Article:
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The Gi Joe Case

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Essay title: The Gi Joe Case

The GI Joe Case

History and Current Situation

Released in 1964, G.I. Joe was marketed to children as the “Real American Hero”. G.I. Joe marked the birth of the action figure, a doll for boys. The toy was the creation of Stan Weston and the of the Hasbro team. Today Hasbro is the second-largest toymaker in the United States. It has become a $3 billion sales year player over the last 20 years, with 16% of the market share. Most of this growth has come from acquisitions, creating a toy market oligopoly. G.I. Joe is one of the companies most prized possessions. Few toy brands have even narrowed the gap created by G.I. Joe’s success, stemming from the market longevity the toy has realized. Its brand awareness remains incredibly high to this day, having successfully been re-released three times with peak sale volumes. Its past three re-launches have been coupled with a media campaign wrangling in product extensions, cartoon shows, and comic books.

The industry, however, has changed drastically in the last decade. Instead of wanting brand longevity and long-term strategies, manufacturers have adopted a more short-term goals oriented strategy based on the creation of the “must have” attitude among their target market, an effect that would spike over the holiday season. Lifecycles within the industry are also getting waning, with 70% of sales belonging to toys released within the last 3 to 4 years. Retailers joined manufacturers in the ideological shift. Now multipurpose department stores were the primary location to purchase toys, with the top five players comprising 75% of sales of toys in 2003.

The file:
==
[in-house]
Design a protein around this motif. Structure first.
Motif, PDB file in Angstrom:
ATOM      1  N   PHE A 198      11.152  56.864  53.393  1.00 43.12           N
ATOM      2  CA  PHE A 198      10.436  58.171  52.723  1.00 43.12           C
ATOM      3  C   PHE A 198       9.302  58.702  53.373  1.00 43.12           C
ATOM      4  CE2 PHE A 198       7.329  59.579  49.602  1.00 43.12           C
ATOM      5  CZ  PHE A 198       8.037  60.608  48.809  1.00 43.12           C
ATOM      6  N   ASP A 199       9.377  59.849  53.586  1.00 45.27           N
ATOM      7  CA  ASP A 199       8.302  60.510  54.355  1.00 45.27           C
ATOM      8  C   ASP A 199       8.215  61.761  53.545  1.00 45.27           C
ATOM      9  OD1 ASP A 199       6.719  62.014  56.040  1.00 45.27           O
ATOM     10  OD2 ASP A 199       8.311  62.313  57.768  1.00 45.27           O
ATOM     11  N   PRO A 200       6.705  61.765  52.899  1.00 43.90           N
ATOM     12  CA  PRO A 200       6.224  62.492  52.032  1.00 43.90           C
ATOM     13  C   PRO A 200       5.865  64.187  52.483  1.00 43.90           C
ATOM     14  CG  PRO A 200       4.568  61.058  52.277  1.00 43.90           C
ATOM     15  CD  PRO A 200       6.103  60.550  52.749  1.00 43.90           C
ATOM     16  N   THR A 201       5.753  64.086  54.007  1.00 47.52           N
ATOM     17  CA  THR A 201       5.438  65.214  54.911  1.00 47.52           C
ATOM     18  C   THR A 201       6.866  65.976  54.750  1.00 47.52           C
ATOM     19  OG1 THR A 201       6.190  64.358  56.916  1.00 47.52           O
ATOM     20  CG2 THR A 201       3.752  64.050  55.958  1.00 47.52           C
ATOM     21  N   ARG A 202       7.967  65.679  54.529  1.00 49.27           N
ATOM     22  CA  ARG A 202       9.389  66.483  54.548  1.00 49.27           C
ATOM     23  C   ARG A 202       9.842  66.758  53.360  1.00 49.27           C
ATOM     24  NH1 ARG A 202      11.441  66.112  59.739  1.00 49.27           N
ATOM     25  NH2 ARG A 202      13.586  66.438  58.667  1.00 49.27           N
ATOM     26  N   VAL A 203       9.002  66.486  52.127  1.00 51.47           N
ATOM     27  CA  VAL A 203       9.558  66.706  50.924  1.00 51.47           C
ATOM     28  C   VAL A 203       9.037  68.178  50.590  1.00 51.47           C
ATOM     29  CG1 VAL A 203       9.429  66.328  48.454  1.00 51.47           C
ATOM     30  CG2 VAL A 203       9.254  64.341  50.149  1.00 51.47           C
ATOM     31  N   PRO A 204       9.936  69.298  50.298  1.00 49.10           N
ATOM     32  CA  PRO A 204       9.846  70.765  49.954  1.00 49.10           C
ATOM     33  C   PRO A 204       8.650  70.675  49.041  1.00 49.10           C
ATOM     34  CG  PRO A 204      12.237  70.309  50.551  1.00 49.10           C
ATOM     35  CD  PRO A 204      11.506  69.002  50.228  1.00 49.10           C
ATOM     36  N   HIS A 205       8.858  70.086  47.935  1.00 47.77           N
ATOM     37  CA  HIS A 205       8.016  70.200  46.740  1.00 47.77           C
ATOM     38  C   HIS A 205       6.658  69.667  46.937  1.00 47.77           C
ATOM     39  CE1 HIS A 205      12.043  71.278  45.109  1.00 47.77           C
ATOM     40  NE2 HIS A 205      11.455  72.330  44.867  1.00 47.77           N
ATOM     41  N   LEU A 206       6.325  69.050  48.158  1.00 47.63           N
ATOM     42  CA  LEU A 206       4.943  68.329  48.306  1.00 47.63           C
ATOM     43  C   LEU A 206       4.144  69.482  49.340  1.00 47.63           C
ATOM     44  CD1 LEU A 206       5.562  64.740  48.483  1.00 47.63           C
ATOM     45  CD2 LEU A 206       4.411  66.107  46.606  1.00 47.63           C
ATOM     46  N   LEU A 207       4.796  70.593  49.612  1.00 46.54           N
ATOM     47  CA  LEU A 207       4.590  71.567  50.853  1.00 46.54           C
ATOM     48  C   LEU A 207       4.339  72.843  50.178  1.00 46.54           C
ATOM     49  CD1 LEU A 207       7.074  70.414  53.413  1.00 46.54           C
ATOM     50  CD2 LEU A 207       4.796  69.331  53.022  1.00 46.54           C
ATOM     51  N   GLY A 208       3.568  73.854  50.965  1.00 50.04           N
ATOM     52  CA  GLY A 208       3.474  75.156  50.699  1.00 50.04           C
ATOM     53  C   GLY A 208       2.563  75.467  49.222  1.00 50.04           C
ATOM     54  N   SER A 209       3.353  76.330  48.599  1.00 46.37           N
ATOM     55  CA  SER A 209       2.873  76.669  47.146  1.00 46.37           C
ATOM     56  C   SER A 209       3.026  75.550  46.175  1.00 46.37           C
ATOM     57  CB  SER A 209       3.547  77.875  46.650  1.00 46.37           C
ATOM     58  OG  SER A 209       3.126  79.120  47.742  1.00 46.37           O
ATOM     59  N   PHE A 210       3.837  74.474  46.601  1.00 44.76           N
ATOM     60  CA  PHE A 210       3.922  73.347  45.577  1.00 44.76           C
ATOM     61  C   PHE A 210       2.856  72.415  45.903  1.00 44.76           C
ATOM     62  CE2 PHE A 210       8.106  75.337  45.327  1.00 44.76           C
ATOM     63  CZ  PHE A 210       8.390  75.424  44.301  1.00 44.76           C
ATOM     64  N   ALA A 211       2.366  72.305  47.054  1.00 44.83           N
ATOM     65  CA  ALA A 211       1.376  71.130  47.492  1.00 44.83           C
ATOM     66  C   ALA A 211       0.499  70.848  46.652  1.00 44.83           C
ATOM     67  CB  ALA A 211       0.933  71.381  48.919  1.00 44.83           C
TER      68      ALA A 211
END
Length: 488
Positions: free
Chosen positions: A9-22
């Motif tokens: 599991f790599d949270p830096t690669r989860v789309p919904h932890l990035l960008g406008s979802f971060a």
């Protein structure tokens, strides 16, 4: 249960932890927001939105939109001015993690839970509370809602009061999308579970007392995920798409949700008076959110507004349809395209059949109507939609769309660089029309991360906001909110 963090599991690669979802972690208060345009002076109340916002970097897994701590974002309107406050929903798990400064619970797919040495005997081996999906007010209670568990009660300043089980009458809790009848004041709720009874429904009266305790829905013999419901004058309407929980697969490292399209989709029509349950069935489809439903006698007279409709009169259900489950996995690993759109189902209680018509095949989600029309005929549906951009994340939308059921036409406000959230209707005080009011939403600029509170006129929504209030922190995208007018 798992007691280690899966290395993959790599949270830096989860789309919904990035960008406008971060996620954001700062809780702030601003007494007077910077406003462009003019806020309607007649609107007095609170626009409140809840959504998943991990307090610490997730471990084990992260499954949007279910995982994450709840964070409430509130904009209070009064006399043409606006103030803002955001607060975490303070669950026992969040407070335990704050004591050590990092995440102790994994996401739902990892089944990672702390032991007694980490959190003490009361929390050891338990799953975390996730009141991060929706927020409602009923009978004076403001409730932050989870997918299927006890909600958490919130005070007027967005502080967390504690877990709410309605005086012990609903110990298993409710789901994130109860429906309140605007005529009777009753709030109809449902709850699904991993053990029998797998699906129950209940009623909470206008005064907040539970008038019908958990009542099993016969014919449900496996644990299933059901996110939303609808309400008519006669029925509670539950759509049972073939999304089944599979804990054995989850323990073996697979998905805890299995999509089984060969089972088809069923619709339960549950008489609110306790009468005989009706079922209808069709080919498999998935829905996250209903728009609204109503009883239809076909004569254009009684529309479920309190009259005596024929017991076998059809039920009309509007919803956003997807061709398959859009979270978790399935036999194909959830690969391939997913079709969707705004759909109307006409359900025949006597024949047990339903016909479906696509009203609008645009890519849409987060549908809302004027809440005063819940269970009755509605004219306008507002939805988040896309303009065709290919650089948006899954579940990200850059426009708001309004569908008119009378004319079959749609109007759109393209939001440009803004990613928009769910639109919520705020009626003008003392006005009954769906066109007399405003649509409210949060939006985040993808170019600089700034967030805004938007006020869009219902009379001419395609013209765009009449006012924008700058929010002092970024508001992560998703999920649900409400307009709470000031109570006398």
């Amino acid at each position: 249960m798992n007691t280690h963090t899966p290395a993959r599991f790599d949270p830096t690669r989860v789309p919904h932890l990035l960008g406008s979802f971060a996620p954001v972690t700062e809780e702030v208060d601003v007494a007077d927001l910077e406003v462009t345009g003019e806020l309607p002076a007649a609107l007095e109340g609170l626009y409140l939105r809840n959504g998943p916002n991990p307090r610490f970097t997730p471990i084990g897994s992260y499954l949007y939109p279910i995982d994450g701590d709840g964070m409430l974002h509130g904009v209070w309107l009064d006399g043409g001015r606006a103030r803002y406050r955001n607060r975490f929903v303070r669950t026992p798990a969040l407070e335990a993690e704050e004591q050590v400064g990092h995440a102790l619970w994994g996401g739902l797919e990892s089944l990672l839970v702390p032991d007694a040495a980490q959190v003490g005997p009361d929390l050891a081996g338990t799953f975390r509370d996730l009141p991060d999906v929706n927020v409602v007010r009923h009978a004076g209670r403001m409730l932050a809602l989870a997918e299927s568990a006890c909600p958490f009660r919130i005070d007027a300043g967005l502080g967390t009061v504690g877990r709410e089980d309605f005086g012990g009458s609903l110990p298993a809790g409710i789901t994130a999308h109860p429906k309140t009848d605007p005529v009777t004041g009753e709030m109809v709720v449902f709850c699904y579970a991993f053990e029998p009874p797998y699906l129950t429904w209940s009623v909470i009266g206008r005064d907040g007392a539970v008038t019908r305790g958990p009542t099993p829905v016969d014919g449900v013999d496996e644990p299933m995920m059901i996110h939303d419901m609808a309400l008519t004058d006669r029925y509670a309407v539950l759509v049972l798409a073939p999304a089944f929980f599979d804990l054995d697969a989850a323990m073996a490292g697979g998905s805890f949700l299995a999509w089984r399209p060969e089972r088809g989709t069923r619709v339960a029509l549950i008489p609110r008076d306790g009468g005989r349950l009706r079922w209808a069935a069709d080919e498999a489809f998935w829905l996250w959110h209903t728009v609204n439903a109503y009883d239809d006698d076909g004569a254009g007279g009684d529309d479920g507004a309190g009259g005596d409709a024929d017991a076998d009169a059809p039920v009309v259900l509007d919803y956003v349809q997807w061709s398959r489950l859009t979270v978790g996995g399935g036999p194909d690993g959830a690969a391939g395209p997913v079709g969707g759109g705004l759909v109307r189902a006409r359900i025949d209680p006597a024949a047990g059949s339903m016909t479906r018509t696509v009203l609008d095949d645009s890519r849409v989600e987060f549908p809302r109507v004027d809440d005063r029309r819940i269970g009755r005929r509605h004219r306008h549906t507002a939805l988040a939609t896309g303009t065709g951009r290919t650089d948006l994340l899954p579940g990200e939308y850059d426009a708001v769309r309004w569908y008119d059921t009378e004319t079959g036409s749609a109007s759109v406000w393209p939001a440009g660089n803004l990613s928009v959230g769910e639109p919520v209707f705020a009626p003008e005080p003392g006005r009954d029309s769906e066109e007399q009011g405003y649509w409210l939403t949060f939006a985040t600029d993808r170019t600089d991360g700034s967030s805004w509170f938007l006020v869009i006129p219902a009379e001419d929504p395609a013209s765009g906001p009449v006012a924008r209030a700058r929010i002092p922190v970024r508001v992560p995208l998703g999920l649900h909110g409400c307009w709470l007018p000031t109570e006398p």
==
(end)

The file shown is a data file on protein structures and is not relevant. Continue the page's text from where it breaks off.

SWOT Analysis

The G.I. Joe product has become a staple of American culture. Its brand awareness is one of the strongest in the industry, with a reputation spanning the globe. Being an integral part of Hasbro, it possesses all the assets one would expect of the second largest toy manufacturer in the United States. One of those key assets is an inordinate amount of shelf space and unique relationships with its large retailers.

G.I. Joe’s future is forged in its size as the second largest toy manufacturer, via its parent company, its unprecedented brand awareness and iconic image. Additionally, an exceptional amount of shelf space can be afforded the toy as a direct result of the aforementioned. As G.I. Joe brand manager, Billy Lagor, aptly put it, “because we’ve got a strong historical track record and because we manage a lot of leading brands, this gives us some leverage in terms of placement in the stores.”

Strengths do not come unaccompanied. Opportunities follow suit presenting themselves in the form of strong licensing capabilities and a diverse media package extending to DVD’s, video games, TV shows and movies. Surprisingly 25% of sales come from a more established demographic, adult male collectors.

However, with a small budget, relative to its goals, poor brand identity with respect to “Hasbro” independent of its G.I. Joe character and the fact that the line has been resuscitated numerous times, Hasbro faces inherent weaknesses in its structure and strategy. Threatening Hasbro is the reduction in the age window for child demand for toys, with the

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